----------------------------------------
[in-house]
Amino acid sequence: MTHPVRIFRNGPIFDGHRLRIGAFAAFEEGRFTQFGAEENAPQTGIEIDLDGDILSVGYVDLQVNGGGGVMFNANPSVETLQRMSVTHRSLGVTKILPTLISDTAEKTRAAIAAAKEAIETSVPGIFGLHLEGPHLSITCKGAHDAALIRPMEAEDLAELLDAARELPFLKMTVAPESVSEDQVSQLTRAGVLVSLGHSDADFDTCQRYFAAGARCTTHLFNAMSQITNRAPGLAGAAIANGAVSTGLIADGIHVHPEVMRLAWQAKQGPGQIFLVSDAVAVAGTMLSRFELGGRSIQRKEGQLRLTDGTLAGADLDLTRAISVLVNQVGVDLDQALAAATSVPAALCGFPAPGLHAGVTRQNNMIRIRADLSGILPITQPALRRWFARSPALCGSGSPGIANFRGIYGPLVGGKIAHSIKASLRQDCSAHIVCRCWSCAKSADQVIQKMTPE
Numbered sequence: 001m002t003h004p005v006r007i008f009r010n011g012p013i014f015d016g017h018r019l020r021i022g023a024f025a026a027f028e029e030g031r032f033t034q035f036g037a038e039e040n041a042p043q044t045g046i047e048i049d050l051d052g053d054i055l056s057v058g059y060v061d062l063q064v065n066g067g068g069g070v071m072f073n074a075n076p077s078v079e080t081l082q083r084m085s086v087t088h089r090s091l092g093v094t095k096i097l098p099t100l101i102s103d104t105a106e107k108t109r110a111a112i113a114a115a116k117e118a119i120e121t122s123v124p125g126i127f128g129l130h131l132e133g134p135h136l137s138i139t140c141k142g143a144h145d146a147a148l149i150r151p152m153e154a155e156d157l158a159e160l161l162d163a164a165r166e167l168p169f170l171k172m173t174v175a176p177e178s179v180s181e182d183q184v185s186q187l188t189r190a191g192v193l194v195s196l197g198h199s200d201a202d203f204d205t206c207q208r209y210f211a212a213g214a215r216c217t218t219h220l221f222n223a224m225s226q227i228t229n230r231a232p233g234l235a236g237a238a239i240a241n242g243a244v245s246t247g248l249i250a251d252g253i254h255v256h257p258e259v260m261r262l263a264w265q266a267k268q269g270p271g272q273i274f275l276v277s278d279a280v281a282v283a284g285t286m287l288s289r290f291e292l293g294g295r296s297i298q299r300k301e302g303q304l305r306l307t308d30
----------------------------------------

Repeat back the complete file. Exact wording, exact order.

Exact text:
[in-house]
Amino acid sequence: MTHPVRIFRNGPIFDGHRLRIGAFAAFEEGRFTQFGAEENAPQTGIEIDLDGDILSVGYVDLQVNGGGGVMFNANPSVETLQRMSVTHRSLGVTKILPTLISDTAEKTRAAIAAAKEAIETSVPGIFGLHLEGPHLSITCKGAHDAALIRPMEAEDLAELLDAARELPFLKMTVAPESVSEDQVSQLTRAGVLVSLGHSDADFDTCQRYFAAGARCTTHLFNAMSQITNRAPGLAGAAIANGAVSTGLIADGIHVHPEVMRLAWQAKQGPGQIFLVSDAVAVAGTMLSRFELGGRSIQRKEGQLRLTDGTLAGADLDLTRAISVLVNQVGVDLDQALAAATSVPAALCGFPAPGLHAGVTRQNNMIRIRADLSGILPITQPALRRWFARSPALCGSGSPGIANFRGIYGPLVGGKIAHSIKASLRQDCSAHIVCRCWSCAKSADQVIQKMTPE
Numbered sequence: 001m002t003h004p005v006r007i008f009r010n011g012p013i014f015d016g017h018r019l020r021i022g023a024f025a026a027f028e029e030g031r032f033t034q035f036g037a038e039e040n041a042p043q044t045g046i047e048i049d050l051d052g053d054i055l056s057v058g059y060v061d062l063q064v065n066g067g068g069g070v071m072f073n074a075n076p077s078v079e080t081l082q083r084m085s086v087t088h089r090s091l092g093v094t095k096i097l098p099t100l101i102s103d104t105a106e107k108t109r110a111a112i113a114a115a116k117e118a119i120e121t122s123v124p125g126i127f128g129l130h131l132e133g134p135h136l137s138i139t140c141k142g143a144h145d146a147a148l149i150r151p152m153e154a155e156d157l158a159e160l161l162d163a164a165r166e167l168p169f170l171k172m173t174v175a176p177e178s179v180s181e182d183q184v185s186q187l188t189r190a191g192v193l194v195s196l197g198h199s200d201a202d203f204d205t206c207q208r209y210f211a212a213g214a215r216c217t218t219h220l221f222n223a224m225s226q227i228t229n230r231a232p233g234l235a236g237a238a239i240a241n242g243a244v245s246t247g248l249i250a251d252g253i254h255v256h257p258e259v260m261r262l263a264w265q266a267k268q269g270p271g272q273i274f275l276v277s278d279a280v281a282v283a284g285t286m287l288s289r290f291e292l293g294g295r296s297i298q299r300k301e302g303q304l305r306l307t308d30